Smith Myth: 3 Myths About Bestseller Lists

By Janet Shapiro and Sarah Westergren

In the publishing world, what author doesn’t dream of achieving some form of bestseller status? While some books may hit the bestseller list organically, there are approaches that can “up your odds.” For example, a well-prepared book launch strategy can lead to a more effective outcome for you and your book.

Let’s take a moment to explore three myths about well-known bestseller lists to better understand what contributes to a book’s success—and prepare for a more intentional outcome.

The New York Times Bestseller List:

There is some uncertainty around the New York Times Bestseller List. No one outside a handful of individuals knows the precise calculation method—its algorithm a closely guarded trade secret.

Myth #1: Though the exact sales data is unknown, you must sell at least 5,000-10,000 books prior to your book’s launch across a diverse set of retailers and locations to become a bestseller around your publication date. In particular situations, bulk sales might contribute towards bestseller status, while at other times, may be overlooked depending on the location and platform purchased. Therefore, you may sell more books than required and remain off the list if purchases are not spread across online retailers and independent bookstores. Furthermore, there is a tight NYT book committee and even with numbers and appropriate analytics, it is still in the hands and minds of this group.

USA Today/Wall Street Journal Best-Selling Booklist:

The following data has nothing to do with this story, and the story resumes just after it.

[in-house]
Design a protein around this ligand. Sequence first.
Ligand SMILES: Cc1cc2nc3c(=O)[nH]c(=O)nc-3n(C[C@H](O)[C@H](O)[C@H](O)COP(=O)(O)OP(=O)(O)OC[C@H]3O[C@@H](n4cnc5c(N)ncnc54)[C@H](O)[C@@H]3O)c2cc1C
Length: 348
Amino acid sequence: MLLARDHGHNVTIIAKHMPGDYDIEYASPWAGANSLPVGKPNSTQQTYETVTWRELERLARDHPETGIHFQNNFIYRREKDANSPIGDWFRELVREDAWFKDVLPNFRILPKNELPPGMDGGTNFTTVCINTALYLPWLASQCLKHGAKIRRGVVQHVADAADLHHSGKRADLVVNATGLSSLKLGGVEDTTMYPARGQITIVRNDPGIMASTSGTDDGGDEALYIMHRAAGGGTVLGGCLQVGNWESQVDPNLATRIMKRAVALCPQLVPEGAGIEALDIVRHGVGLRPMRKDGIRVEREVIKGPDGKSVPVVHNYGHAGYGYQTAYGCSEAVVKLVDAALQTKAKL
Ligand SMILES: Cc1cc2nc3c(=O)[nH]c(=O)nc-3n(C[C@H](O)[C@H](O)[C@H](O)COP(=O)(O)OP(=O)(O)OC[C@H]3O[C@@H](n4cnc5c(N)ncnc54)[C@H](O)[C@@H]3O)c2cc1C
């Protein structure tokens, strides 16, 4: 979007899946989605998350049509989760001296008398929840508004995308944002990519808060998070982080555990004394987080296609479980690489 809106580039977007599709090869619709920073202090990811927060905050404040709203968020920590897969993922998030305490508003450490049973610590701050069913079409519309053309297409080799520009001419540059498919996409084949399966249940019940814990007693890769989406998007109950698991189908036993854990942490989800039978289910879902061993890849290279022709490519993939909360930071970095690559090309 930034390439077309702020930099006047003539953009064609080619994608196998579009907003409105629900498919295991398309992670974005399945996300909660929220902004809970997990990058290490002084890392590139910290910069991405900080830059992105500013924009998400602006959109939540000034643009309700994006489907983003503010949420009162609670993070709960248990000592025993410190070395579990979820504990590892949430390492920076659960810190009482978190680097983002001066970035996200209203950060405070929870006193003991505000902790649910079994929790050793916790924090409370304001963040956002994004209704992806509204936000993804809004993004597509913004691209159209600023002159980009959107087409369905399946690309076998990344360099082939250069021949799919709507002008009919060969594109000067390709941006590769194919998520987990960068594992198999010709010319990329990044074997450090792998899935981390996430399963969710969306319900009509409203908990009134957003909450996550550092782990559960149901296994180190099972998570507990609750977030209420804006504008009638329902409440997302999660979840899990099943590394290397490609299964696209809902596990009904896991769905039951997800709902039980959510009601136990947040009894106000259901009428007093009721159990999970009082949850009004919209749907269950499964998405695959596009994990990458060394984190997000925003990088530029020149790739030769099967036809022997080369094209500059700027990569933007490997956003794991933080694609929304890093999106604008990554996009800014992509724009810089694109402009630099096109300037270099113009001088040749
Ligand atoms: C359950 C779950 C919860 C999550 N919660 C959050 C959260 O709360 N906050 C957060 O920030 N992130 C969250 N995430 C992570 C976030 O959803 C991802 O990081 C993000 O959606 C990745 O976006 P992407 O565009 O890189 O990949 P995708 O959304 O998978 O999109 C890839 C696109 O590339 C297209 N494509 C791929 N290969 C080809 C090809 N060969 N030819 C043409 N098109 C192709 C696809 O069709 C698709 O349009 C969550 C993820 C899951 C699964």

While WSJ will no longer publish its weekly book bestsellers list, USA Today’s bestseller list returned in June 2023 after a brief hiatus. Drawing from a comprehensive sales database, USA Today totals purchases made from the previous Monday through Sunday to derive bestselling titles. As such, authors must promote their book in the week leading up to the list’s release.

Myth #2: Like the New York Times list, a book must sell at least 5,000 to 6,000 copies in one week to make the bottom half of the list. Considering that, authors can expect to invest a substantial amount of money in marketing and other tactics to achieve bestseller status. Although a book may sell often, it will only hit the list if it sells thousands of copies in one week or over the final few months build-up ahead of launch. Alternatively, a book that takes off slowly and sells many copies later may eventually make the list. Contrary to popular belief, it’s never too late to promote your book—even after the initial week of its launch.

Also you can pay to play, with specific services guaranteeing bestseller status by dividing bulk sales into individual-looking purchases. With that in mind, it’s essential to manage expectations and recognize that the bestseller list is not always a reflection of literary excellence.

Amazon Bestsellers:

Securing bestseller status on Amazon depends on several factors, including categories and keywords. Amazon’s best sellers rank (BSR) is displayed under a book’s product page, showing how it’s selling compared to books within the same category. Since BSR scores are updated hourly, tracking your book’s movement is crucial as rankings fluctuate.

Myth #3: Considering that Amazon BSR scores vary relative to other books within a given category, carefully selecting categories and subcategories is paramount. For example, your book may rank #56 at a top-level or broad classification, such as Mystery & Detective, while ranking #1 within a more niche sub-category, such as Women Sleuths. Regardless of the category or sub-category, you earn the title of a bestseller—highlighting the importance of selecting categories and keywords that are specific and representative of your content.

Becoming a bestseller is no easy feat. But, with the right expectations and strategy, you can generate more visibility, book sales, and media attention. Arguably more thrilling, you open the door to the prestigious—and permanent—title of “Bestselling Author.”